At a certain point, dressing with a fondness and knowledge of traditional men’s clothing can become staid. I have referred to this previously as the point at which style becomes costume. The instant you start wearing a bowtie with your tweed jacket and flannels. The moment when you add a tie pin to your three-piece, double-breasted suit. At this point you are merely aping the dress of a certain period, and dressing up for pantomime.

The traditional must be balanced with the quirky, the modern and, most importantly, the personal. Wear beaten-up converse under your flannels. Add a lurid handkerchief to your suit’s breast pocket. The true enthusiast of style is constantly striving to update these traditions and add a twist. This does not mean having a buttonhole stitched in a contrast colour, or going for a bright jacket lining, a la Paul Smith. It has to be your own. It has to be personal.

Here are a couple of recent inspirations of my own. They both balance ties, either necktie or bowtie, with more casual pieces of clothing. As the tie is towards the formal extreme of a formality spectrum, it should be balanced with something from towards the other end of the spectrum, the informal.

Two provisos. One, this assumes that the look you want is somewhere in between: a weekend or casual Friday look with a formal edge to it. Two, these suggestions are obviously not that personal, given that I am suggesting them to you. But they’re perhaps a good place to start.

My first combination comprises Oxford button-down shirt, bowtie, jeans and hooded sweatshirt. I have no opinion on the shoes – perhaps brogues or trainers, depending on your mood. In fact, the shoes are probably the tipping point of formality: formal with an informal twist, or the other way around. The bowtie at one end of the spectrum is balanced by the hoodie at the other end. The Oxford-weave shirt, similarly, makes an effective background to the bowtie.

The second combination is another version of the same idea. Necktie with Windsor-collar shirt, jeans and rugby shirt. In this instance, the necktie is balanced by the rugby shirt. The tie should be a casual fabric if possible – cotton, linen, wool. Something matte. The rugby shirt is something of a British institution but is also fairly widely available in the US. An equivalent is the long-sleeved version of the polo shirt.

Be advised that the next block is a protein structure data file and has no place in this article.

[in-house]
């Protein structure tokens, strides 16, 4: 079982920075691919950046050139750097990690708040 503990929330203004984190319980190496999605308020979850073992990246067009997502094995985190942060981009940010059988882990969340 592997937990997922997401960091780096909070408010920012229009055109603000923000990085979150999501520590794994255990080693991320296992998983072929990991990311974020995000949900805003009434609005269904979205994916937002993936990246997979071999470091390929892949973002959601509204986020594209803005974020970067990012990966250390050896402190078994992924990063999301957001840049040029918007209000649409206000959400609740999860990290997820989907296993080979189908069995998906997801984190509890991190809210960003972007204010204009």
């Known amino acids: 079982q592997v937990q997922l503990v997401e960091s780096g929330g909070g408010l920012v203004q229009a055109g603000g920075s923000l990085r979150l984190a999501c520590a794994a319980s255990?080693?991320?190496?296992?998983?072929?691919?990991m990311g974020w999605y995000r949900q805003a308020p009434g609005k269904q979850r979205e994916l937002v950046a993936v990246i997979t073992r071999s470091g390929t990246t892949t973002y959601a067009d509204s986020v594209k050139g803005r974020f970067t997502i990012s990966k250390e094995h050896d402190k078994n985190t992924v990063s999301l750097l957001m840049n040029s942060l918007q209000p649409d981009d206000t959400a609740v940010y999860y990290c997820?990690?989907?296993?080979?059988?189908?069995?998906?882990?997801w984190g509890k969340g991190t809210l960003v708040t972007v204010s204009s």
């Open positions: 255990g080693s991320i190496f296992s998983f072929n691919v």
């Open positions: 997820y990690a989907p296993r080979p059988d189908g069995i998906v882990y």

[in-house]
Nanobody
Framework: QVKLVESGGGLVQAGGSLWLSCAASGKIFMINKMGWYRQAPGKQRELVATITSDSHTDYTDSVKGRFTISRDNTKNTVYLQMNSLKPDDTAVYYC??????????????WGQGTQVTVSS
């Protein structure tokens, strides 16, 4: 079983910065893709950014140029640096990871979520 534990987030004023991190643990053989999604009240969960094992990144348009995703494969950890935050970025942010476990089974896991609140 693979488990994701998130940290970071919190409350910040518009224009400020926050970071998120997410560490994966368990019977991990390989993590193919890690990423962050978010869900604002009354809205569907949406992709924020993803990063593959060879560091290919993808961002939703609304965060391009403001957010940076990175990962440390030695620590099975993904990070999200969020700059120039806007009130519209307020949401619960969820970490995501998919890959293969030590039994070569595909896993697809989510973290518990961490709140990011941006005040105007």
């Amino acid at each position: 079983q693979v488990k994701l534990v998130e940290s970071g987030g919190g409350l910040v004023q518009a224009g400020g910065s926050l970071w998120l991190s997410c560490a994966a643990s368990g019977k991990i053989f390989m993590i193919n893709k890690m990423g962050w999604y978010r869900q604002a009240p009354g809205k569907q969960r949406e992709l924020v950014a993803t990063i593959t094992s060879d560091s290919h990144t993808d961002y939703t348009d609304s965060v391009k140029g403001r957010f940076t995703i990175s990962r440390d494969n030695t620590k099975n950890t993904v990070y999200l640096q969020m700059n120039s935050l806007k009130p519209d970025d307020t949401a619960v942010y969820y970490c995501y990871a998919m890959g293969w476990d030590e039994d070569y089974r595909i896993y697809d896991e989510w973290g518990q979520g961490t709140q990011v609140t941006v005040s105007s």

Preppy combinations, perhaps. But pulling them off well, personally, is your job.

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Arctic Penguin

Simon,

As an American I sense a certain tragic disparity between your advice and the execution of said advice by persons to be found on the street, that is to say, persons found outside of photo shoots and magazine spreads. Nonetheless, I find it easy to believe that you could pull this off, but it seems to be an almost ineffable ability we Americans typically attribute to foreigners (especially Europeans.. sorry if you as a Briton bristle at being grouped in with the Continent) and models.. But more and more men, especially younger men, seem to be paying better attention to fit which is perhaps the one greatest point in style which separates those in the photo spreads from the rest of us. I think your blog is helping to bridge that gap.

Clinton

Simon,

I appreciate your suggestions. I’ve actually been kicking around the idea of bowties for a while now, but, because of my location, good ones are hard to find. When my sewing machine is put back together I’m going to rip apart some thrift-store ties and turn them into bowties.

Also, I just wanted to let you know that I appreciate your attempts to be a little more creative with your sense of style. I think too often men (even those interested in “style”) get caught up in the “rules” and “what goes with what.” I like to see people acknowledging but purposely flaunting those rules. As I see it, style and fashion are supposed to be fun and blue suit, light shirt, dark tie, brown shoes can only be fun so many times before it turns into just more of the same.

Carry on!

Clinton

Easy and Elegant Life

Rugby shirts under our blazers or tweed sportcoats were a winter staple at my secondary school. The shirt was always a button down with a bow or four-in-hand tie. It was a good look and one that works well for weekends, up to a certain age. On weekends at the football game, we would wear a (grey) hooded sweatshirt (no zipper) under the (brown herringbone) tweed jacket and jeans or khakis. LL Bean hinting shoes, no socks, rounded things out.

Anonymous

“Oxford button-down shirt, bowtie, jeans and hooded sweatshirt”

Oh wow, just imagining that makes me smile. It sounds fantastic but I would never have the balls to pull that off. That said, I am one of the younger men you often refer to who are just discovering an interest in style and feel fairly self-conscious just wearing something slightly different. I can’t wait for the days where this stuff becomes a part of me and I can wear it with nonchalance.

One problem I have is that casual wear is so much more open than formalwear. It’s easier, I think, to produce a smashing combination of suit/shirt/tie because you’re restricted. With casualwear, anything goes and I feel as though this makes it a bit intimidating to experiment as there is a much higher scope for error.